In this simple guide, we will look at the following:
- What is Mudaraba?
- Key requirements of Mudaraba
- Applications of Mudaraba
1. What is Mudaraba?
Mudaraba is a profit-sharing arrangement between two or more parties. Mudaraba has similarities to a private equity arrangement where a Limited Partner and General Partner form a business partnership. In a Mudaraba, the two parties are called Rabbul Mal and Mudarib. The Rabbul Mal is the capital provider/investor, whilst the Mudarib is the manager and active partner. This is again similar to a private equity where the Limited Partner does not manage the investment, the management is done by the General Partner. One of the key distinctions of Mudaraba is that the Mudarib does not invest any funds, and instead provides technical and operationalise expertise only.
2. Key requirements of Mudaraba
Besides the conditions of sanity, adolescence, freedom and mutual consent of the contracting parties, the following conditions must be met for a Mudaraba contract to be valid:
- It is best to provide the capital in the form of cash. If the capital is a mix of cash and non-cash assets, the non-cash assets should be valued at the start of the Mudaraba.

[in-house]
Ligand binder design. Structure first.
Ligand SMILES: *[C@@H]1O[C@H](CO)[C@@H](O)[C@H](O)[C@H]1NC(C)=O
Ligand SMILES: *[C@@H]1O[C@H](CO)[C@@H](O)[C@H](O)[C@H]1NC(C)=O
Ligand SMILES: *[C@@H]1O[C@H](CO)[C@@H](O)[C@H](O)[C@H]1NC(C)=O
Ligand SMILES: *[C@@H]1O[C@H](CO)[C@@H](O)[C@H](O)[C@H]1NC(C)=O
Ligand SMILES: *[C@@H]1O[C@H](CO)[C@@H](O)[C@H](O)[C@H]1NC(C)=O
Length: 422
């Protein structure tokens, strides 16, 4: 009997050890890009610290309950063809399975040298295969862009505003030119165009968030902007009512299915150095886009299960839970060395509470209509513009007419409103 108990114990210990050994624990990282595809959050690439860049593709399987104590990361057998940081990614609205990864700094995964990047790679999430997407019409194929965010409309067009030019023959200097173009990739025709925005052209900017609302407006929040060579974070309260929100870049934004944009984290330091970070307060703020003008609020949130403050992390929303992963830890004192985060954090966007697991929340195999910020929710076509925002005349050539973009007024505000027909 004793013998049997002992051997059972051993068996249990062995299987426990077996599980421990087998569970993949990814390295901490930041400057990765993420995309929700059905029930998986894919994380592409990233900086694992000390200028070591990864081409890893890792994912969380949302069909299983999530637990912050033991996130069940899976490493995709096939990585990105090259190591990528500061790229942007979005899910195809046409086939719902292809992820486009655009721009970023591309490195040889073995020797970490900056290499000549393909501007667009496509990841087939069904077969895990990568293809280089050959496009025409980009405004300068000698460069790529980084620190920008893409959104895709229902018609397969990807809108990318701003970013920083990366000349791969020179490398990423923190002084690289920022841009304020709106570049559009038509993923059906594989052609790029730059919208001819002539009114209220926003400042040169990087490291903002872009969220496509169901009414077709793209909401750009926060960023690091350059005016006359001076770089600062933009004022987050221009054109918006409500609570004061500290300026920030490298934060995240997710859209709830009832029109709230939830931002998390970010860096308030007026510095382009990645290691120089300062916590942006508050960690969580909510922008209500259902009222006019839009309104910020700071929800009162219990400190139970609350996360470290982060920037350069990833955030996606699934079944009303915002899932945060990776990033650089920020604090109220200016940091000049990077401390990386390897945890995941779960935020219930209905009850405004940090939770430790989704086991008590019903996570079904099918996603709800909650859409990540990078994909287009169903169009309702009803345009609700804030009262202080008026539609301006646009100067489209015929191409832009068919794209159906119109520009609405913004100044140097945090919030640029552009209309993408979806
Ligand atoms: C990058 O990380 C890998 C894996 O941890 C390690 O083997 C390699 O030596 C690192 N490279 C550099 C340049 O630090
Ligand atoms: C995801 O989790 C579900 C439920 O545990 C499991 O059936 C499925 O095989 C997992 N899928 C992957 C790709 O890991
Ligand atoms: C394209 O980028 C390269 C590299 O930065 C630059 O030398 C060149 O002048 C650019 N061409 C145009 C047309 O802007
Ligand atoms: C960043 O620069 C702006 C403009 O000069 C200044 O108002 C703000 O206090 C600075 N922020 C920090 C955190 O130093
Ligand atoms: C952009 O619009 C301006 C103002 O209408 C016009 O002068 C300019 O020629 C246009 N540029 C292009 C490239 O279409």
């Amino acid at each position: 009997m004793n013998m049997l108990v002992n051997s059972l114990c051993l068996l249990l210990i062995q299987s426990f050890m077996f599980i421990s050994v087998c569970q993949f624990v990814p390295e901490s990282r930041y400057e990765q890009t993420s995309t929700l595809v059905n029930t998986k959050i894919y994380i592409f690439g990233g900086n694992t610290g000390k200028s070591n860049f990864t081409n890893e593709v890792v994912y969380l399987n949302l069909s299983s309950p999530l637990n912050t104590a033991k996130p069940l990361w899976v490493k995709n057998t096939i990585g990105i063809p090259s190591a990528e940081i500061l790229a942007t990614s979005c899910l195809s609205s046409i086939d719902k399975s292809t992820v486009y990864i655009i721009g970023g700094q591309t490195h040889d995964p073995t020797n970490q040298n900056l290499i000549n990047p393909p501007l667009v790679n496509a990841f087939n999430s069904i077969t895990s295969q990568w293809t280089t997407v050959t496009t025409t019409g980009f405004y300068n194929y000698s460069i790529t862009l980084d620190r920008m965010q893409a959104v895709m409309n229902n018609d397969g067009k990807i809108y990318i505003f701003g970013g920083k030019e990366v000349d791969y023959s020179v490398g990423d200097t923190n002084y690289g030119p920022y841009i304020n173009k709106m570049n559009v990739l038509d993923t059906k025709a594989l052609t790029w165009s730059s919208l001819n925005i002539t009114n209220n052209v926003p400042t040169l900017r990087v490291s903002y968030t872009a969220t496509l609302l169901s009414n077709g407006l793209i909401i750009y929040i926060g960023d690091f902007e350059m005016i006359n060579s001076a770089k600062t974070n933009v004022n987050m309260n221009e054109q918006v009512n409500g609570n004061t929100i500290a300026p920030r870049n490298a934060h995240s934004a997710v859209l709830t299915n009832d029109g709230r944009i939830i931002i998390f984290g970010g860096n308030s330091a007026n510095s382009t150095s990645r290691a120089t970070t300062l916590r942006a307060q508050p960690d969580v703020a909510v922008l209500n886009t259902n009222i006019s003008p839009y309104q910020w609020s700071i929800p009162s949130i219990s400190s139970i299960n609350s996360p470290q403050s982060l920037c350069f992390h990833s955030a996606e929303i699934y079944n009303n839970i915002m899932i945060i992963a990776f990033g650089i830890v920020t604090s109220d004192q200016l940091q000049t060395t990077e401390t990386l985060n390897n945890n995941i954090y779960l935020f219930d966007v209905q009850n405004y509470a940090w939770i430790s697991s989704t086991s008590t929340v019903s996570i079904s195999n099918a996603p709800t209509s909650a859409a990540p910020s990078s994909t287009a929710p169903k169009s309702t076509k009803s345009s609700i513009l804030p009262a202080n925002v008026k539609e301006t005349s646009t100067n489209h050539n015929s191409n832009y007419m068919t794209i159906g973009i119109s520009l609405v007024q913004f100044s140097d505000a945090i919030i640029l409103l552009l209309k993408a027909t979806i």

- The capital of Mudaraba should be clearly known to the contracting parties
- The capital of the Mudaraba cannot be an unpaid debt owed by the Mudarib to the Rabbul Mal.
- The mechanism for distributing profit must be clearly known in a manner that eliminates uncertainty and any possibility of dispute.
- The distribution of profit must be on the basis of an agreed percentage of the profit and not on the basis of a lump sum or a percentage of the capital.
- The manager(s) shall not be liable for any loss of capital unless such loss is due to the manager(s) negligence, dishonesty, misconduct or breach of terms of the contract.
- No profit can be recognised or claimed unless the capital of the Mudaraba is maintained intact
3. Applications of Mudaraba
- Savings accounts
Many Islamic bank accounts are structured on the basis of Mudaraba, where the bank acts as the Mudarib and invests the funds of the depositors who are the Rabbul Mal. These funds are invested into the Shariah compliant money market or the assets’ side of the bank or in other assets if it is an unrestricted Mudaraba. The profits of these investments is shared between the bank and the depositors.
- Islamic Funds
If funds are not modelled on Wakala, they are typically then structured as Mudaraba funds. The investors receive a document certifying their subscription and entitling them to the pro- rata profits actually earned by the Fund.